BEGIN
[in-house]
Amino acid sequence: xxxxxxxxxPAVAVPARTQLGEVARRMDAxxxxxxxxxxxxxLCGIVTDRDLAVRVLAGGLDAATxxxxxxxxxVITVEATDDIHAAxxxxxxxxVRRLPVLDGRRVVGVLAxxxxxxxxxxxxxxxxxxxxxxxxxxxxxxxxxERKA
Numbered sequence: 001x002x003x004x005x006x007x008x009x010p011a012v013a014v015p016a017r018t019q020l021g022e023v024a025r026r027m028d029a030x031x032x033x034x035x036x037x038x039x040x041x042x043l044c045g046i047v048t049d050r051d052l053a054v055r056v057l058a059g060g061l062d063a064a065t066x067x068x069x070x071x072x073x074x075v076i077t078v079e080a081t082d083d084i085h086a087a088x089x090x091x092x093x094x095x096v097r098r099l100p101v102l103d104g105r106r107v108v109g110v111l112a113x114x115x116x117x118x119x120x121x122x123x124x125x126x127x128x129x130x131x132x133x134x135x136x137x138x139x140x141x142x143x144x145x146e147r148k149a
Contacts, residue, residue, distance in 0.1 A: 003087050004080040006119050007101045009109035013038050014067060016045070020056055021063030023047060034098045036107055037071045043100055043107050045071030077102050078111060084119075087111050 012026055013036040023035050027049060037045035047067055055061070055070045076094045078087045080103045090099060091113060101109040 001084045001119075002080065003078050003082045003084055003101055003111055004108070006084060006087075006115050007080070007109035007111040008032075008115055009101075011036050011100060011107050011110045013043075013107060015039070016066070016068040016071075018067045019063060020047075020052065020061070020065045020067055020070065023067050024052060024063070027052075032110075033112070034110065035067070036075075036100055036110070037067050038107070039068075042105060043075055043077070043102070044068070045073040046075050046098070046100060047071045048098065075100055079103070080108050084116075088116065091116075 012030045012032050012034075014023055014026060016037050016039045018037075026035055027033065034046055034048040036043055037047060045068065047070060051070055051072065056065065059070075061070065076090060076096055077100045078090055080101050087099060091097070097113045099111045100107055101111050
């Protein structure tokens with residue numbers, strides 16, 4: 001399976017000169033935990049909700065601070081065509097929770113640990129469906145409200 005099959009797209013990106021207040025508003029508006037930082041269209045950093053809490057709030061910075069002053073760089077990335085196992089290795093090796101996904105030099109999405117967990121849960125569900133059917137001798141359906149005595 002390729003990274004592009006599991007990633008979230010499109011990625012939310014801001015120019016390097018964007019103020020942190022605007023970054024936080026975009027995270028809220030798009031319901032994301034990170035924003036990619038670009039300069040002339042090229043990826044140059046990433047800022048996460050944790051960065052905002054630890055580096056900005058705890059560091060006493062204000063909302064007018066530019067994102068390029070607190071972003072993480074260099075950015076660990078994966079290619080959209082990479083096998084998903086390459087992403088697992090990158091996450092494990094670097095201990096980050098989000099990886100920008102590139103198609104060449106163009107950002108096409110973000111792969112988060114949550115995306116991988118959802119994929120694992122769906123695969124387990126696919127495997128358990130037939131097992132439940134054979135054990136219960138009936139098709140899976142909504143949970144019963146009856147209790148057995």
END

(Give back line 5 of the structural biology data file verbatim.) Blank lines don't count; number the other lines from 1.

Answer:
């Protein structure tokens with residue numbers, strides 16, 4: 001399976017000169033935990049909700065601070081065509097929770113640990129469906145409200 005099959009797209013990106021207040025508003029508006037930082041269209045950093053809490057709030061910075069002053073760089077990335085196992089290795093090796101996904105030099109999405117967990121849960125569900133059917137001798141359906149005595 002390729003990274004592009006599991007990633008979230010499109011990625012939310014801001015120019016390097018964007019103020020942190022605007023970054024936080026975009027995270028809220030798009031319901032994301034990170035924003036990619038670009039300069040002339042090229043990826044140059046990433047800022048996460050944790051960065052905002054630890055580096056900005058705890059560091060006493062204000063909302064007018066530019067994102068390029070607190071972003072993480074260099075950015076660990078994966079290619080959209082990479083096998084998903086390459087992403088697992090990158091996450092494990094670097095201990096980050098989000099990886100920008102590139103198609104060449106163009107950002108096409110973000111792969112988060114949550115995306116991988118959802119994929120694992122769906123695969124387990126696919127495997128358990130037939131097992132439940134054979135054990136219960138009936139098709140899976142909504143949970144019963146009856147209790148057995």